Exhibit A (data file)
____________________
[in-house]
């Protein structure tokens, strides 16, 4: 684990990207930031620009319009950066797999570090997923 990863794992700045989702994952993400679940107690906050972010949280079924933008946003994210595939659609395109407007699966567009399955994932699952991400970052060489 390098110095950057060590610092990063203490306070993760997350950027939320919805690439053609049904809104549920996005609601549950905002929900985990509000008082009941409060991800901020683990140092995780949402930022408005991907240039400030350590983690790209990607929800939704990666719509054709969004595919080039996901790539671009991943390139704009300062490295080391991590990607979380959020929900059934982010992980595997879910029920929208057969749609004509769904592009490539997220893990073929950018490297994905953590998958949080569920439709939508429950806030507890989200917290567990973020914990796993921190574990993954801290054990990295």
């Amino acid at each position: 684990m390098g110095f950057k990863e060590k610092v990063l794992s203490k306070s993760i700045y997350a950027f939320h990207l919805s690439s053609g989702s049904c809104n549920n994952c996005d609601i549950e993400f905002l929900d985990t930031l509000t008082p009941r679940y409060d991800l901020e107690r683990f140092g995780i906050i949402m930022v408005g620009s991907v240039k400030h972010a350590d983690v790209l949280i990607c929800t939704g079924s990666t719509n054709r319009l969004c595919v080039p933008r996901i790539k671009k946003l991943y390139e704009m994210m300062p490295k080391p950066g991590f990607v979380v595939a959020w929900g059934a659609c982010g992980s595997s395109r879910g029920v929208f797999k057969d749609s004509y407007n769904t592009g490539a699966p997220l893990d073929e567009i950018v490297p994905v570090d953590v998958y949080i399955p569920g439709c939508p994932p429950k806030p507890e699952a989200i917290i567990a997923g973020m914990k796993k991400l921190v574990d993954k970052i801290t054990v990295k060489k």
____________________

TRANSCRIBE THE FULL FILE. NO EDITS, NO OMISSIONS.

[in-house]
């Protein structure tokens, strides 16, 4: 684990990207930031620009319009950066797999570090997923 990863794992700045989702994952993400679940107690906050972010949280079924933008946003994210595939659609395109407007699966567009399955994932699952991400970052060489 390098110095950057060590610092990063203490306070993760997350950027939320919805690439053609049904809104549920996005609601549950905002929900985990509000008082009941409060991800901020683990140092995780949402930022408005991907240039400030350590983690790209990607929800939704990666719509054709969004595919080039996901790539671009991943390139704009300062490295080391991590990607979380959020929900059934982010992980595997879910029920929208057969749609004509769904592009490539997220893990073929950018490297994905953590998958949080569920439709939508429950806030507890989200917290567990973020914990796993921190574990993954801290054990990295």
């Amino acid at each position: 684990m390098g110095f950057k990863e060590k610092v990063l794992s203490k306070s993760i700045y997350a950027f939320h990207l919805s690439s053609g989702s049904c809104n549920n994952c996005d609601i549950e993400f905002l929900d985990t930031l509000t008082p009941r679940y409060d991800l901020e107690r683990f140092g995780i906050i949402m930022v408005g620009s991907v240039k400030h972010a350590d983690v790209l949280i990607c929800t939704g079924s990666t719509n054709r319009l969004c595919v080039p933008r996901i790539k671009k946003l991943y390139e704009m994210m300062p490295k080391p950066g991590f990607v979380v595939a959020w929900g059934a659609c982010g992980s595997s395109r879910g029920v929208f797999k057969d749609s004509y407007n769904t592009g490539a699966p997220l893990d073929e567009i950018v490297p994905v570090d953590v998958y949080i399955p569920g439709c939508p994932p429950k806030p507890e699952a989200i917290i567990a997923g973020m914990k796993k991400l921190v574990d993954k970052i801290t054990v990295k060489k």